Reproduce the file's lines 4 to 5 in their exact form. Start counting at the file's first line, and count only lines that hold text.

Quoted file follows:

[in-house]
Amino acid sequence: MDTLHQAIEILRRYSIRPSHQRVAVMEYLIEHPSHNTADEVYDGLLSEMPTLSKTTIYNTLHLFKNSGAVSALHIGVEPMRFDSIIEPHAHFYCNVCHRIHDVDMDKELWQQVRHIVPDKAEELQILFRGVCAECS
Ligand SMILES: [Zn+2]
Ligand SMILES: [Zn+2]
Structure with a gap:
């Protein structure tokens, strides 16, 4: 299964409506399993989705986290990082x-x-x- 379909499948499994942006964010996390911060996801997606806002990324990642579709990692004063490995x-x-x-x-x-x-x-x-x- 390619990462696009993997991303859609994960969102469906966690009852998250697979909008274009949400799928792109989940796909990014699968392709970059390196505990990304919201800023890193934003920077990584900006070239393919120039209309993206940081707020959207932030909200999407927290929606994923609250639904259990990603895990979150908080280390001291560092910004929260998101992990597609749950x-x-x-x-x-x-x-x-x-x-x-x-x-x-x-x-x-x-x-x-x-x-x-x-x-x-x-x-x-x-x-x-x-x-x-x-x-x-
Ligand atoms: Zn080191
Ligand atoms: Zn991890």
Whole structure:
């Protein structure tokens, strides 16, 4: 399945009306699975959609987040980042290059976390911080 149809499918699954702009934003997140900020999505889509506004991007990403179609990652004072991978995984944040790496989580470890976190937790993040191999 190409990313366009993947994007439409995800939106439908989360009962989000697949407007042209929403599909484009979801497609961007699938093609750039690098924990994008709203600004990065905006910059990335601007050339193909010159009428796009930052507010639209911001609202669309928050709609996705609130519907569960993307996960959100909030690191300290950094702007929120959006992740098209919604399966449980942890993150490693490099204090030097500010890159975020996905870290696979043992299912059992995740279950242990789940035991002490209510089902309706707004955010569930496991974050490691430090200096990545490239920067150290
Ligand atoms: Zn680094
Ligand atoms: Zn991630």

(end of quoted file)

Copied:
Ligand SMILES: [Zn+2]
Structure with a gap: